The actor's project, Studio One Eighty Nine, provides a platform for the continent's artisans to shine.
Thanks to Miranda Priestly's infamous Devil Wears Prada lesson, we know that the world's most recent obsession with the color cerulean began, as Priestly put it, when "Oscar de la Renta did a collection of cerulean gowns." Then it trickled down to the average person from the runways of Paris, New York, and Milan.
But given that seven out of 10 of the fastest-growing economies in the world are in Africa, in another generation, designers in Accra, Brazzaville, and Cape Town might be the places setting fashion trends. Creative projects like Rosario Dawson and Abrima Erwiah’s Studio One Eighty Nine hope to catalyze that transformation.
Indeed, the platform, which Dawson and Erwiah launched in 2012, helps creatives in Africa—from designers and photographers to foodies and activists—promote their wares. Think of it as Pinterest meets Etsy. In conjunction with the platform, they've also launched a line called Fashion Rising that directly employs Africans, trains them through pop-up fashion schools, and provides the kind of market feedback they need to dominate the fashion scene.
Despite the abundance of talent in Africa, artisans there aren't able to easily sell goods across the globe. "For some reason, something made in Africa doesn't hold the same weight as something made in Italy," Dawson says. That doesn't make sense, considering the same handcrafted care and skill you'd see put into making clothing and accessories in Italy is found in Africa.
"You can see it in all of the different brands that go down to Africa and say, 'We're going to do a Masai collection, or we're going to do the Africa-inspired collection,' " says Dawson. When you buy an African-inspired piece, you're buying a garment that's probably made in a Chinese factory before being sold by a European fashion label. "It was inspired by Africa, but it wasn't made there, and it doesn't benefit [Africa]. And that doesn't make any sense," says Dawson.
Investing in a model in which goods are designed and manufactured in a nation such as Congo is a smart economic move. In England alone the fashion industry is worth £26 billion and is nearly 3 percent of the GDP. What if Congo could be transformed in the same way? Given the economic growth across the continent, Dawson says it just makes sense to encourage young Africans to have careers in fashion and pursue their dreams.
Providing young men and women with the ability to pursue their dreams is a thread that carries through all of Dawson’s work. "Some people think I only do women's issues because I'm on the board of V-Day," a global movement to end violence against women. "Or they say, 'You're only doing voting stuff but only with Latinos.' "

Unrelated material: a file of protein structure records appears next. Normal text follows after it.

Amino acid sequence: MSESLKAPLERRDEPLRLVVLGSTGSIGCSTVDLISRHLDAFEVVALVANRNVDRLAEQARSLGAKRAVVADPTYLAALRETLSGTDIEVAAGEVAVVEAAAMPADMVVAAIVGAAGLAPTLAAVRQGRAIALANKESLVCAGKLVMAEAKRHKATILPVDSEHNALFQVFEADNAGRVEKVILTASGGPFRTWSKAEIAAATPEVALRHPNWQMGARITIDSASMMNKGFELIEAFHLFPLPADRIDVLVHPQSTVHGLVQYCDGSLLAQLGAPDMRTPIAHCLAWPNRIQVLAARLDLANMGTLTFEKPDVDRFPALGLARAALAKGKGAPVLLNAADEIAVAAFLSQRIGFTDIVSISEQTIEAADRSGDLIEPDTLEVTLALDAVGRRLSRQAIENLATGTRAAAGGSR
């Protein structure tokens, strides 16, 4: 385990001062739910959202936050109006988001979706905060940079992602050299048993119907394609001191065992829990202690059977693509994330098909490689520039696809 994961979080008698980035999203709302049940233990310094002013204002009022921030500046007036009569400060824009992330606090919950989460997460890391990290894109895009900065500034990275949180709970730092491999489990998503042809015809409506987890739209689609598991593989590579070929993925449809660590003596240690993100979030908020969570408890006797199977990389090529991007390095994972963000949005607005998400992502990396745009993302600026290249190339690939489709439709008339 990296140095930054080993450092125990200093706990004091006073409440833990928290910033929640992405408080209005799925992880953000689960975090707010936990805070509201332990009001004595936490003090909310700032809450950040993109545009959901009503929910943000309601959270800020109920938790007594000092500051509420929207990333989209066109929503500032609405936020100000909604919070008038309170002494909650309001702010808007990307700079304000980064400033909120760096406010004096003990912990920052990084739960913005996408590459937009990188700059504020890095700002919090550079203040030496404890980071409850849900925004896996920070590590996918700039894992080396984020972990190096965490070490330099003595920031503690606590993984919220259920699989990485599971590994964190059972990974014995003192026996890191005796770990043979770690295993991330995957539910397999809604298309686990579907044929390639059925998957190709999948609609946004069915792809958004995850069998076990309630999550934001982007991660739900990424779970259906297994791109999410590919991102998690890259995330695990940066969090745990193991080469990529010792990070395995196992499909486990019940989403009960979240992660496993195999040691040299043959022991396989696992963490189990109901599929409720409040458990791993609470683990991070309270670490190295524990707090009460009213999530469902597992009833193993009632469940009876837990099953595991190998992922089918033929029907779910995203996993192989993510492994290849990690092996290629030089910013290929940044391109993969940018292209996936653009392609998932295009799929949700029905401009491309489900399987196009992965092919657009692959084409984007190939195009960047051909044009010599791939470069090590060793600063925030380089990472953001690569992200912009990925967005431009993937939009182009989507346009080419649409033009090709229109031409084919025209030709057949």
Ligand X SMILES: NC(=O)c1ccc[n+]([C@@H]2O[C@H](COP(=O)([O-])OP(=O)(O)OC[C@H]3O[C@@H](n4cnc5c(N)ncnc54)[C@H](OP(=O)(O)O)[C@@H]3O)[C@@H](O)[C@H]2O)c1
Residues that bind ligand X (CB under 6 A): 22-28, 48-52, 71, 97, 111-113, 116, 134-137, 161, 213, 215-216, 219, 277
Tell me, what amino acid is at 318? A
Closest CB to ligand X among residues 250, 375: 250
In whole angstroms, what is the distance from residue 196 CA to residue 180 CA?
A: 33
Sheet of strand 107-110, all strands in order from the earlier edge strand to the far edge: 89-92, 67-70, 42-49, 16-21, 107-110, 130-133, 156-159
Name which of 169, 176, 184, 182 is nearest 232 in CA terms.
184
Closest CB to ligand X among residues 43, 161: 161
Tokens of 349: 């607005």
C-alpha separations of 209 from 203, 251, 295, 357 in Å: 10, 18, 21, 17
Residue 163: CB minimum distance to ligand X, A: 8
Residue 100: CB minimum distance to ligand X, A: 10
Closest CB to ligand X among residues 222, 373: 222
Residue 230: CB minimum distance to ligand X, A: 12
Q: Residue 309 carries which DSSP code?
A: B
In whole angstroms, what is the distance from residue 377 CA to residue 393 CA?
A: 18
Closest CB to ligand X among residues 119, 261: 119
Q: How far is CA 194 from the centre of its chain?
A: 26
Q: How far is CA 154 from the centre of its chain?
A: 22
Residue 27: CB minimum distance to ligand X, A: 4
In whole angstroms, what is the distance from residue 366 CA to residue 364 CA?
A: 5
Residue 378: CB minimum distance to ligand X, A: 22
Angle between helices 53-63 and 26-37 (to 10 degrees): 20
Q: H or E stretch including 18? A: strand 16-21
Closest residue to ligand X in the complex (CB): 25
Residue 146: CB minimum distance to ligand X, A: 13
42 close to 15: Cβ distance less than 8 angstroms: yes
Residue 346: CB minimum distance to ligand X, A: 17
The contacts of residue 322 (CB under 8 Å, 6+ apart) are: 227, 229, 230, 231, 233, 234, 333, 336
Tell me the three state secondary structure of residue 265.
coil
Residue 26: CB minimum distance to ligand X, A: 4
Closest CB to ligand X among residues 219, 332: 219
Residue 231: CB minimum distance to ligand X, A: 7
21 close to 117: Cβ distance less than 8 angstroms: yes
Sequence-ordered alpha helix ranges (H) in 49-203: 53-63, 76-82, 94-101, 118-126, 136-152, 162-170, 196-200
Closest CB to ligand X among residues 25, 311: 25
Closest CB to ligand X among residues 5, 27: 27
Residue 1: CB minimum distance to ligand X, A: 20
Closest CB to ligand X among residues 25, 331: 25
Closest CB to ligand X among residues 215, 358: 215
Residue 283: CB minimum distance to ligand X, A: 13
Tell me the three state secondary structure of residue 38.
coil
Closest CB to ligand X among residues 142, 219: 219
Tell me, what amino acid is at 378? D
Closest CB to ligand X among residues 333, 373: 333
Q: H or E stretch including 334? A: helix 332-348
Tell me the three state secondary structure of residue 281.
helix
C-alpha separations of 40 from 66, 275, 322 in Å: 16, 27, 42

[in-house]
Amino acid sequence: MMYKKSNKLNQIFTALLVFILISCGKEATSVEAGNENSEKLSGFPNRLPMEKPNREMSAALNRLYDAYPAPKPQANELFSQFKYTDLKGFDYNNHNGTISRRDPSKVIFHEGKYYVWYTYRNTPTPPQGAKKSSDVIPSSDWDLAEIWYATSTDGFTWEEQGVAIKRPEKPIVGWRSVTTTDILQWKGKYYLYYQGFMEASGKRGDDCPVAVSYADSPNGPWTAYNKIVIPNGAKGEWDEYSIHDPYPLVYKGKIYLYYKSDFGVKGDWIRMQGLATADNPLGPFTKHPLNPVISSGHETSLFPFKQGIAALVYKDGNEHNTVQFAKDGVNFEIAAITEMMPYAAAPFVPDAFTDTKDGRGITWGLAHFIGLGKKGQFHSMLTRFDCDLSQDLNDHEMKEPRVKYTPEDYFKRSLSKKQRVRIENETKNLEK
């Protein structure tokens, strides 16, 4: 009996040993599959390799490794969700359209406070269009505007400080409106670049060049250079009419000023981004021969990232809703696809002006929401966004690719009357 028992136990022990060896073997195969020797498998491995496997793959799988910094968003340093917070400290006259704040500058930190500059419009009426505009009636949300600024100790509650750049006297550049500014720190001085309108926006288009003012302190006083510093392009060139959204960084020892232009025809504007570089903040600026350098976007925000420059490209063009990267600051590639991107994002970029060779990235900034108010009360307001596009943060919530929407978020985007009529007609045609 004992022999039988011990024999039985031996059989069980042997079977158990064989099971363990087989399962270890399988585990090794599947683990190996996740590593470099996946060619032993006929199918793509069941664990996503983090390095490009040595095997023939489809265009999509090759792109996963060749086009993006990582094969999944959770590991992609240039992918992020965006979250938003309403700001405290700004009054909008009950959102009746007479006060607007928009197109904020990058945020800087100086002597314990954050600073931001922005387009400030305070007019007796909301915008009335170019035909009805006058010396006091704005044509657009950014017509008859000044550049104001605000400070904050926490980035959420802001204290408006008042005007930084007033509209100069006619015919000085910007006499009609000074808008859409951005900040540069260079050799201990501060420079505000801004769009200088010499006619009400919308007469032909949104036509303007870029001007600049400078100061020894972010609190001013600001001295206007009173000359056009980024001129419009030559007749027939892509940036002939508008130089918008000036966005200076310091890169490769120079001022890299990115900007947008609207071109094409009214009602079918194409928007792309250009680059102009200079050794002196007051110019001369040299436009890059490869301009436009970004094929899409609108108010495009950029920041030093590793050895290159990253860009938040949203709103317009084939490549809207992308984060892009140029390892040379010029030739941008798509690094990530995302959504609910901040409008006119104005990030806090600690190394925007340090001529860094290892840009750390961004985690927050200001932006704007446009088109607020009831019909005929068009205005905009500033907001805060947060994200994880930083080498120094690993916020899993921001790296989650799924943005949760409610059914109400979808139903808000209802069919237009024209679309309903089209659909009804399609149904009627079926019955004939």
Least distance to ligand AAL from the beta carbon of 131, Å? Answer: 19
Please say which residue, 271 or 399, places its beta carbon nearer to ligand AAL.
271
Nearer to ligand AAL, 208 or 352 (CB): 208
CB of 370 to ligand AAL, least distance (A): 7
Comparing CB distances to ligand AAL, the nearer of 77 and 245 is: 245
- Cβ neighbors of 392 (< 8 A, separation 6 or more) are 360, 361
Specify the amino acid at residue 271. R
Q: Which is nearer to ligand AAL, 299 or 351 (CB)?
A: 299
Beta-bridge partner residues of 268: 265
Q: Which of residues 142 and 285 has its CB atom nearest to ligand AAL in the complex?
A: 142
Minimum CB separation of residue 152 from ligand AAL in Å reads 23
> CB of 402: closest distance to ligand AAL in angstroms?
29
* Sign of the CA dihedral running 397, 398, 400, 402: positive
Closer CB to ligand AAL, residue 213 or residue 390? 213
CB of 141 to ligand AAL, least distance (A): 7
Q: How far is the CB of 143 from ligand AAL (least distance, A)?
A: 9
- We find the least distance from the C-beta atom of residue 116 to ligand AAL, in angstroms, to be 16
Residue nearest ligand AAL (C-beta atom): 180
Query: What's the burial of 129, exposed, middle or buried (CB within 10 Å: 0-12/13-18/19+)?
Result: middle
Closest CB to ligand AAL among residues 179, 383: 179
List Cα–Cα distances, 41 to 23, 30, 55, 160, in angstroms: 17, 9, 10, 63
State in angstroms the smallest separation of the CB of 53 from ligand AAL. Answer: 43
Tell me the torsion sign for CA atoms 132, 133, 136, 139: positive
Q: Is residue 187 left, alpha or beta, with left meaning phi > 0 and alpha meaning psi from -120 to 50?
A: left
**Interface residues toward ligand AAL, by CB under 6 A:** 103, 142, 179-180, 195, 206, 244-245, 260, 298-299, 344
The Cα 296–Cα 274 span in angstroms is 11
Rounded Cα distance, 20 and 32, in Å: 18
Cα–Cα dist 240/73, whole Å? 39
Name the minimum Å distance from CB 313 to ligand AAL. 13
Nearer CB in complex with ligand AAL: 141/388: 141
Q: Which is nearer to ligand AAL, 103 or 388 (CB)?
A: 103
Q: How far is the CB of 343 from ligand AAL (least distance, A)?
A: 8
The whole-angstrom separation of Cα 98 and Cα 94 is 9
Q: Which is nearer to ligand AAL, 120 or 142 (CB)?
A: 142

Dawson points out that, yes, she talks about Latino Millennials, "but I talked about Millennials in general, including the fact that two-thirds of the world’s youth population will be in Africa by the year 2100. That's something to pay attention to."
Dawson is also a proud New Yorker whose Puerto Rican, Afro-Cuban, Irish, and Native American roots reflect the globe. She's known Erwiah since they were both teenagers with dreams of their own. In 2011 they took a trip to Congo for the opening of City of Joy, a transformational leadership community started by V-Day for women who've been impacted by rape and abuse.
Getting to Congo was an ordeal of thunderstorms and canceled flights, but once there, they saw women who'd been through horrific trauma because of the civil war "dancing, and they've designed the space, and they've had so much input into how the program would work." They'd been "given yeses when they’ve been told no their whole lives," says Dawson.
Inspired, Dawson and Erwiah began thinking about how they could combine their backgrounds—Dawson in media and Erwiah in luxury—and resources to partner with people who've seen diplomats and politicians come and go but haven't seen real change. That led to Studio One Eighty Nine and Fashion Rising.
To produce the first collection, they worked with designers in Liberia, Uganda, Kenya, and Ghana, focusing on wax prints. Their next line works primarily with South African designers and focuses more on batiking. The pieces are made to be mixed and matched and are, says Dawson, priced fairly. "It's not charity. You're not going to haggle down the price."
You can open your closet and see a scarf from Japan, a pair of shoes from Korea, and a blouse from France. Why not gorgeous, handmade luxury goods made in Africa? "We are really trying to appeal to the world citizen," says Dawson. "I don't have those ideas or weird mythologies about Africa. I know Africa is not a country. I get that, and there’s a lot of us who do."
We're living in a time when "we have the ability to communicate with each other and share with each other, and it's not just about being a woman or being of a certain age or being of a certain color," says Dawson. Projects like Studio One Eighty Nine and Fashion Rising have the potential to help us, she adds, "really see that we are not so disconnected or dissimilar after all."
March 19, 2014